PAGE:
Pregnant women prescribed antibiotics that may harm baby

The CDC found that more doctors are treating their pregnant patients' urinary tract infections with one of two antibiotics that may cause birth defects, despite warnings against doing so issued in 2011.
Source: the Mail online | Health - Category: Consumer Health News Source Type: news

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Conclusions: Women presenting with simple recurrent UTIs should have a flow rate and post-void residual measured. Cystoscopy is not warranted and imaging is unlikely to be of value in the absence of symptoms of upper tract disease or gynaecological problems.Urol Int
Source: Urologia Internationalis - Category: Urology & Nephrology Source Type: research
Publication date: Available online 21 June 2018Source: Diabetes &Metabolic Syndrome: Clinical Research &ReviewsAuthor(s): Anthony P. Sunjaya, Angela F. SunjayaAbstractAimsTo compare the clinical and glycemic profile as well as pregnancy complications and infant mortality among diabetic mothers in Indonesia.Materials and MethodsData was obtained from medical records of Internal-Medicine Clinic in Hermina Podomoro General Hospital during the period January-December 2015. Subjects were grouped into good and poor outcome groups based on infant mortality.ResultsForty-five subjects were obtained with an average age of 31...
Source: Diabetes and Metabolic Syndrome: Clinical Research and Reviews - Category: Endocrinology Source Type: research
Several infections have unique consequences or considerations in pregnancy. Some common infections such as urinary tract infections, influenza, sexually transmitted diseases, and vaginitis affect pregnant women differently than the general population, can cause pregnancy complications, and require treatments that are safe in pregnancy. Infections such as hepatitis B and C and human immunodeficiency virus can be transmitted vertically and therefore management focuses on decreasing perinatal transmission. Certain infections can be transmitted in utero and cause congenital infections. Classically, these were grouped together ...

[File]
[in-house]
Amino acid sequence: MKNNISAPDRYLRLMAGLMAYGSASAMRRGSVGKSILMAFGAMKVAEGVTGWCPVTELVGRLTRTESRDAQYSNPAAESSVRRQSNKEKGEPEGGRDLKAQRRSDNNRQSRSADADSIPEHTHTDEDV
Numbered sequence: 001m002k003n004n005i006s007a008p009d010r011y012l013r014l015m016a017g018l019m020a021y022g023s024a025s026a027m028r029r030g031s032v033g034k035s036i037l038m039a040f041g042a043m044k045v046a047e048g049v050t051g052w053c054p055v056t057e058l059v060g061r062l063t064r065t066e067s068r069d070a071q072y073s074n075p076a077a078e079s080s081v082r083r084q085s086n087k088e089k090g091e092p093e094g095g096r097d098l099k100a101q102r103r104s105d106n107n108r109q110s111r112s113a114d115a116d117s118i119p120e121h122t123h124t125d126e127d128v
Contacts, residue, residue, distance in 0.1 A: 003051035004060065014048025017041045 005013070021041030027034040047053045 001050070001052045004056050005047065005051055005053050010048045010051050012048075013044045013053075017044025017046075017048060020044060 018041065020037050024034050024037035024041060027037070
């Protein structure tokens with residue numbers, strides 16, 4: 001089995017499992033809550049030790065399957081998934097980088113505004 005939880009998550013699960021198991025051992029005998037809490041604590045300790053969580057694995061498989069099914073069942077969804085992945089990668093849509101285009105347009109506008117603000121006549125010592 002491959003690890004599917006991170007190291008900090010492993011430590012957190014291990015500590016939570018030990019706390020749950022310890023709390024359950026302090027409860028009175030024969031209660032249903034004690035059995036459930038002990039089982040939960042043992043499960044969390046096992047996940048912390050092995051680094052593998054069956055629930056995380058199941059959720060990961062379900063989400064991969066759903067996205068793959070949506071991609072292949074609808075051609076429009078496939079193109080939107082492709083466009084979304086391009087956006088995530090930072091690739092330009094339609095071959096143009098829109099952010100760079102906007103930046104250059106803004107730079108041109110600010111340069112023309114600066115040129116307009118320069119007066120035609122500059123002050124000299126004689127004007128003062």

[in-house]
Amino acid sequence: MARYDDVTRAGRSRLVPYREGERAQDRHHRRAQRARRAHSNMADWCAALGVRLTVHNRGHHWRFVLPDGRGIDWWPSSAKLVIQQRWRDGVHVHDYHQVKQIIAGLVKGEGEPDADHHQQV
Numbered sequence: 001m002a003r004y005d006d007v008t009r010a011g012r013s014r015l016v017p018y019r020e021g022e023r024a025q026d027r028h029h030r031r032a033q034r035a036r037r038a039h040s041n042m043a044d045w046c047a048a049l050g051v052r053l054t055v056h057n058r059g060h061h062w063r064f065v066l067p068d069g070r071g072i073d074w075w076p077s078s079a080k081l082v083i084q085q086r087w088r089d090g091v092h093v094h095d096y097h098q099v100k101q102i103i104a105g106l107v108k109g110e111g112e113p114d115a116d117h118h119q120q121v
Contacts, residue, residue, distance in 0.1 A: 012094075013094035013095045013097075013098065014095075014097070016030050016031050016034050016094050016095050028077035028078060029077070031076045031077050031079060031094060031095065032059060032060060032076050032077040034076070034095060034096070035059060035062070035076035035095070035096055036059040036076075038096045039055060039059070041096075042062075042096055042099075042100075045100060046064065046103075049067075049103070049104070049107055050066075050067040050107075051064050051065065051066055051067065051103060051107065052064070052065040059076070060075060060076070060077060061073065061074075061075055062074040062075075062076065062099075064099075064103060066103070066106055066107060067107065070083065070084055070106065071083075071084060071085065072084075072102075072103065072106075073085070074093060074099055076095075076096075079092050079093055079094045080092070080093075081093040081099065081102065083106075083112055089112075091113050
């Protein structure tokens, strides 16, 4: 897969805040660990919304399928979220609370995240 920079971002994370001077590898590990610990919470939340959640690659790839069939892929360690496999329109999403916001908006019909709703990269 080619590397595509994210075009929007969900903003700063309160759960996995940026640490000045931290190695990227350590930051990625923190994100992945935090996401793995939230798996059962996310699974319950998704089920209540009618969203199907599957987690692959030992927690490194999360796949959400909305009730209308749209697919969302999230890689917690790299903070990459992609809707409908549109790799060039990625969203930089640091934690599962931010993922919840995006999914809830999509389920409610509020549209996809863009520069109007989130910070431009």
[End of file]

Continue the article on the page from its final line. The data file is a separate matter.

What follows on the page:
Source: Primary Care: Clinics in Office Practice - Category: Primary Care Authors: Source Type: research
Publication date: Available online 21 June 2018Source: Diabetes &Metabolic Syndrome: Clinical Research &ReviewsAuthor(s): Anthony P. Sunjaya, Angela F. SunjayaAbstractAimsTo compare the clinical and glycemic profile as well as pregnancy complications and infant mortality among diabetic mothers in Indonesia.Materials and MethodsData was obtained from medical records of Internal-Medicine Clinic in Hermina Podomoro General Hospital during the period January-December 2015. Subjects were grouped into good and poor outcome groups based on infant mortality.ResultsForty-five subjects were obtained with an average age of 31...
Source: Diabetes and Metabolic Syndrome: Clinical Research and Reviews - Category: Endocrinology Source Type: research